932 <abstract><t>The documents provides a glossary of terminology used in routing requirements and solutions for networks referred to as Low power and Lossy Networks (LLN).  An LLN is typically composed of many embedded devices with limited power, memory, and processing resources interconnected by a variety of links.  There is a wide scope of application areas for LLNs, including industrial monitoring, building automation (e.g.  Heating, Ventilating, Air Conditioning, lighting, access control, fire), connected home, healthcare, environmental monitoring, urban sensor networks, energy management, assets tracking, refrigeration.</t></abstract>
    933 
    934 </front>
    935 
    936 <seriesInfo name='Internet-Draft' value='draft-ietf-roll-terminology-13' />
    937 <format type='TXT'
    938         target='http://www.ietf.org/internet-drafts/draft-ietf-roll-terminology-13.txt' />
     939<reference anchor='RFC7102'>
     940
     941<front>
     942<title>Terms Used in Routing for Low-Power and Lossy Networks</title>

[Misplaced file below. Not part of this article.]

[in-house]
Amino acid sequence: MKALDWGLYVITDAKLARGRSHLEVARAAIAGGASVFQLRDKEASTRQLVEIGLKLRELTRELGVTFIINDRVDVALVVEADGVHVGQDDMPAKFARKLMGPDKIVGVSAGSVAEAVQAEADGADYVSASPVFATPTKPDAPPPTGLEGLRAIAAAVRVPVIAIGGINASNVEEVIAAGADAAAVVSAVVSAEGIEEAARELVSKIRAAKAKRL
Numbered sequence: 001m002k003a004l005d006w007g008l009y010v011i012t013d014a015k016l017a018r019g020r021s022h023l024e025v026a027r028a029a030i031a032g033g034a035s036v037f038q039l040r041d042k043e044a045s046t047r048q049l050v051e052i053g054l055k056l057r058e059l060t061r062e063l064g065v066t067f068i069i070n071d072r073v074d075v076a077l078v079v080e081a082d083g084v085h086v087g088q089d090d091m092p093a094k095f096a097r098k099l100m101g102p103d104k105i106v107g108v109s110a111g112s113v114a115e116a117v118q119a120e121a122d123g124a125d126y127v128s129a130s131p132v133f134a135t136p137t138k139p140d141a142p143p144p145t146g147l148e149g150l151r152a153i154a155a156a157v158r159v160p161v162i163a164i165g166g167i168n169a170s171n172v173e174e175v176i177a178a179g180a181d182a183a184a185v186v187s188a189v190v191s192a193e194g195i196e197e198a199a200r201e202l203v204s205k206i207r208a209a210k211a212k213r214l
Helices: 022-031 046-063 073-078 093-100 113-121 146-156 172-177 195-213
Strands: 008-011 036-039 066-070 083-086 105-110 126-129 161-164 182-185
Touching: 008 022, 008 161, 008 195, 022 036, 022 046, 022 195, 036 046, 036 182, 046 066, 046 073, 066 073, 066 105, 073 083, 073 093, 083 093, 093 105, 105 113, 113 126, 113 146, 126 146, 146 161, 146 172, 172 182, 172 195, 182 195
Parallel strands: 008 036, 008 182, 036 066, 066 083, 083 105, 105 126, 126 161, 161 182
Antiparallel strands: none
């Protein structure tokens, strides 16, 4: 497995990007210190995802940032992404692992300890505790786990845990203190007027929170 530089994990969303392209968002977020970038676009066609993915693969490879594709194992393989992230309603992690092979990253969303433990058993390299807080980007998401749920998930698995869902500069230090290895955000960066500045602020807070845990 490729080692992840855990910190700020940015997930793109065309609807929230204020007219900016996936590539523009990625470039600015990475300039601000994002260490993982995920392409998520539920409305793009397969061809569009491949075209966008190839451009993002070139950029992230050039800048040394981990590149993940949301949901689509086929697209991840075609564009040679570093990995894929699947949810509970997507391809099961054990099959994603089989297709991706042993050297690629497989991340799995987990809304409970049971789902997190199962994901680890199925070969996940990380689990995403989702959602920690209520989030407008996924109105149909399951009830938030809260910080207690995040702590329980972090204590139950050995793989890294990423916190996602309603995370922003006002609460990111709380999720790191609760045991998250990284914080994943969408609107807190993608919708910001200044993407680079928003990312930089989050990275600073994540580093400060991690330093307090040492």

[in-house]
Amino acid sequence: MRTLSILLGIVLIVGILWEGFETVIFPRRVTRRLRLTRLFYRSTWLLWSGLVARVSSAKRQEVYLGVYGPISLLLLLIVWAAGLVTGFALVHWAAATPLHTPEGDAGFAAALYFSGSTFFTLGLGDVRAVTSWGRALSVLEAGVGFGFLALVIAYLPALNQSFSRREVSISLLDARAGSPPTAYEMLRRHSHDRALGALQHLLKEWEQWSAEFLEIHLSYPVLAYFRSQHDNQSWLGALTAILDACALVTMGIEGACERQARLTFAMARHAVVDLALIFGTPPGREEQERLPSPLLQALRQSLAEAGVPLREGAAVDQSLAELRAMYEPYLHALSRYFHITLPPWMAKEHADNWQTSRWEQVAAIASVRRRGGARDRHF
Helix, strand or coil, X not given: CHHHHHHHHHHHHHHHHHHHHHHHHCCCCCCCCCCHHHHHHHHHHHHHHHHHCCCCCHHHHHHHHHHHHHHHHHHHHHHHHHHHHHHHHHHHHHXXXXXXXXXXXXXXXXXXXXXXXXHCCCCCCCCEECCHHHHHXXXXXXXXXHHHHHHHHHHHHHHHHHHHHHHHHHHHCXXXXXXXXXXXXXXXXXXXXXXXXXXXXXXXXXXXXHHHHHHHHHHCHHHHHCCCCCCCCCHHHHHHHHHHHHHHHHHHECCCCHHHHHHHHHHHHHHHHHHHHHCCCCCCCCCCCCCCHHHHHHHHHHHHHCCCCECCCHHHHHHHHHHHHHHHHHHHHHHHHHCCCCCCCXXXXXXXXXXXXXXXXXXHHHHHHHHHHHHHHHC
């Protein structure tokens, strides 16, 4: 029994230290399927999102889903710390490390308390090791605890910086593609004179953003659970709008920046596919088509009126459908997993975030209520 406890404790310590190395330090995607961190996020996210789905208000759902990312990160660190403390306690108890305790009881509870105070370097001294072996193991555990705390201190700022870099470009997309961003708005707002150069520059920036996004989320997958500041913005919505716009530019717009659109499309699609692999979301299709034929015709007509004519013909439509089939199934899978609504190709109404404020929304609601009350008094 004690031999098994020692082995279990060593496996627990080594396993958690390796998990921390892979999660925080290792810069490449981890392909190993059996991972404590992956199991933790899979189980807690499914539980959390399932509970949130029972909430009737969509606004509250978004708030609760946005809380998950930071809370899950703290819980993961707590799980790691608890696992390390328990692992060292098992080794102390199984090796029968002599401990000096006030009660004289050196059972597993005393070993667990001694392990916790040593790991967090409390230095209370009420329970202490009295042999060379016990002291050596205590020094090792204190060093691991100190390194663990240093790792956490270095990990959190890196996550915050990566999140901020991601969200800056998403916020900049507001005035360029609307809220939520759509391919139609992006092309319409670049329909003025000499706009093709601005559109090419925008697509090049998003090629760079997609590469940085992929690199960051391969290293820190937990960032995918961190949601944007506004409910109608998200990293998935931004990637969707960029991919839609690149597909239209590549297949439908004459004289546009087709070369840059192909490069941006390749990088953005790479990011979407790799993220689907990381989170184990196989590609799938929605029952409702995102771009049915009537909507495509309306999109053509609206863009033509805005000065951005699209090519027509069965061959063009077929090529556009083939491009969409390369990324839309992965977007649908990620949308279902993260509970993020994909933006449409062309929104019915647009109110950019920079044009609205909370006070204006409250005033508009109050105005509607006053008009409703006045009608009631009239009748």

943<author initials='JP.' surname='Vasseur' fullname='JP. Vasseur'>
     944<organization /></author>
     945<date year='2014' month='January' />
     946<abstract>
     947<t>This document provides a glossary of terminology used in routing requirements and solutions for networks referred to as Low-Power and Lossy Networks (LLNs).  An LLN is typically composed of many embedded devices with limited power, memory, and processing resources interconnected by a variety of links.  There is a wide scope of application areas for LLNs, including industrial monitoring, building automation (e.g., heating, ventilation, air conditioning, lighting, access control, fire), connected home, health care, environmental monitoring, urban sensor networks, energy management, assets tracking, and refrigeration.</t></abstract></front>
     948
     949<seriesInfo name='RFC' value='7102' />